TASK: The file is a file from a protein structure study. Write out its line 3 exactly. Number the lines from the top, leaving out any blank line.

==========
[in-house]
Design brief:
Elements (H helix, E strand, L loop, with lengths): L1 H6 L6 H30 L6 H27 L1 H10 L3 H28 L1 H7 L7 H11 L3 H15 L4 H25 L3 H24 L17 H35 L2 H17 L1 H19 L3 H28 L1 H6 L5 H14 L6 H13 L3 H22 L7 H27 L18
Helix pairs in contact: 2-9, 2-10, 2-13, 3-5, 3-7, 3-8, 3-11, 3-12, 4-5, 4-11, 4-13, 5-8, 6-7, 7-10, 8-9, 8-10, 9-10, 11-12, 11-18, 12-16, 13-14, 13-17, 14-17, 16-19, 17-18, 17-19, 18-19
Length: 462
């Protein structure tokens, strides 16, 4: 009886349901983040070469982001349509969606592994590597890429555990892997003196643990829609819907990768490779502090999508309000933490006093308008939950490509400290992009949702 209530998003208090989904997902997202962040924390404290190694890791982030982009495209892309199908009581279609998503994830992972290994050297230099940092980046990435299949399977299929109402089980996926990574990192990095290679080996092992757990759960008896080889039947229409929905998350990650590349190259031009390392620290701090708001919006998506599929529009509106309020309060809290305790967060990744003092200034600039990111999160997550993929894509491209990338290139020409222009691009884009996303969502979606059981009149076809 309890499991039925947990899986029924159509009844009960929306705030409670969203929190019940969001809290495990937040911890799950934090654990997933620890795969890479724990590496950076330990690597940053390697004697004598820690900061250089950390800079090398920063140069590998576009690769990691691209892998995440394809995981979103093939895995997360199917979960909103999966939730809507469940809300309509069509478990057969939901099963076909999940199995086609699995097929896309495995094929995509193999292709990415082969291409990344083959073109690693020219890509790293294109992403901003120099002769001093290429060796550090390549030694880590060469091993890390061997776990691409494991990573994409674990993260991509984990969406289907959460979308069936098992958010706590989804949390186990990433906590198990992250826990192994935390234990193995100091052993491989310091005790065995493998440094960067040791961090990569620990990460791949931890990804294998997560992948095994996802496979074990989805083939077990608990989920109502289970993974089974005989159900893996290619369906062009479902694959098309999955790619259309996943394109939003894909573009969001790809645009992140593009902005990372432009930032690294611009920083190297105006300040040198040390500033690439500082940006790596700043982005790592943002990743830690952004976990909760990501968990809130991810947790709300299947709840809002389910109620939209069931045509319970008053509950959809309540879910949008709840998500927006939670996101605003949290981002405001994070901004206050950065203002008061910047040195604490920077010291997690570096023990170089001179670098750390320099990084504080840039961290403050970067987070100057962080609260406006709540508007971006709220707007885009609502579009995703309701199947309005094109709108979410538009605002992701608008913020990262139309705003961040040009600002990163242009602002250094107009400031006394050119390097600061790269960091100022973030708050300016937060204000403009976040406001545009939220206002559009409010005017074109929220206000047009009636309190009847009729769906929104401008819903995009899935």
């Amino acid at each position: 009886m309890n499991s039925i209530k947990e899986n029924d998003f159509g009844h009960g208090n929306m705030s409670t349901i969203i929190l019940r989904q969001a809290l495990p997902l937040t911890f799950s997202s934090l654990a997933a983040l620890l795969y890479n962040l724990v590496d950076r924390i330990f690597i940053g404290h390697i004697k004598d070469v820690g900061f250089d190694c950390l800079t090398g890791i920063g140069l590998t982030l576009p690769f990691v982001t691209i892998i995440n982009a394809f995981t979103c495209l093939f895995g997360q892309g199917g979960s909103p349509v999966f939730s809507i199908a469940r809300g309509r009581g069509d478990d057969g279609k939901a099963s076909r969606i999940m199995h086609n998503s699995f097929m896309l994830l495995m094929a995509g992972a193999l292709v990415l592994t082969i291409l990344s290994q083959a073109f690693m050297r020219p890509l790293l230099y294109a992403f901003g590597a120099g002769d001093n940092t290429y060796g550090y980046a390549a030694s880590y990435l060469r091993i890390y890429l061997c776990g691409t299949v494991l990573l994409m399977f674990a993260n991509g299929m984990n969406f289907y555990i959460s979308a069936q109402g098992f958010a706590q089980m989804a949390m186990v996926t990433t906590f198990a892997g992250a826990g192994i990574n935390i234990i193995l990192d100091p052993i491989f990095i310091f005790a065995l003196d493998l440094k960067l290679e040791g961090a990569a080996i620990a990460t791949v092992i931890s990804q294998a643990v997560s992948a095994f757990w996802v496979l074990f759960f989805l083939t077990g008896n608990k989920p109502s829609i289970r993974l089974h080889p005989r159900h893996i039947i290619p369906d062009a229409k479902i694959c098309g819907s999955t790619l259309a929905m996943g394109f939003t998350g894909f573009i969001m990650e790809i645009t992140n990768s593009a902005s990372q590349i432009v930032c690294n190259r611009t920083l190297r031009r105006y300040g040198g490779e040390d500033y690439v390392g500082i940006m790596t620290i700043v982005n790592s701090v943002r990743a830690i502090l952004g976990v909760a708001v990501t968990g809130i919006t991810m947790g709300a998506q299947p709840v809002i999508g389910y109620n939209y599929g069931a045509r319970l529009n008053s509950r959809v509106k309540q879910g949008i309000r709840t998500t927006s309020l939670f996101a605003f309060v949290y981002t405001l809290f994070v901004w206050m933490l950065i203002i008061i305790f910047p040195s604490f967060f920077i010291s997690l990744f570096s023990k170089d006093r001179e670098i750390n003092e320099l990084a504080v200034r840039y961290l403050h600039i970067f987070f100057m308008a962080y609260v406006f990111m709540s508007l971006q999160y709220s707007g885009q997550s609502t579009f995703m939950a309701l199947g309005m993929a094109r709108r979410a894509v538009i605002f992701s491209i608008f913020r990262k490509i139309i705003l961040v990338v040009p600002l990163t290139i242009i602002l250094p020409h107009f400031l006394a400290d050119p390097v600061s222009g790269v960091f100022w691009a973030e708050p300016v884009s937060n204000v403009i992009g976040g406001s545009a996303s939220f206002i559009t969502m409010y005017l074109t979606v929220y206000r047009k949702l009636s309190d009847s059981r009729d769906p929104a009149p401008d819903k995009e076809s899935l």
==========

Elements (H helix, E strand, L loop, with lengths): L1 H6 L6 H30 L6 H27 L1 H10 L3 H28 L1 H7 L7 H11 L3 H15 L4 H25 L3 H24 L17 H35 L2 H17 L1 H19 L3 H28 L1 H6 L5 H14 L6 H13 L3 H22 L7 H27 L18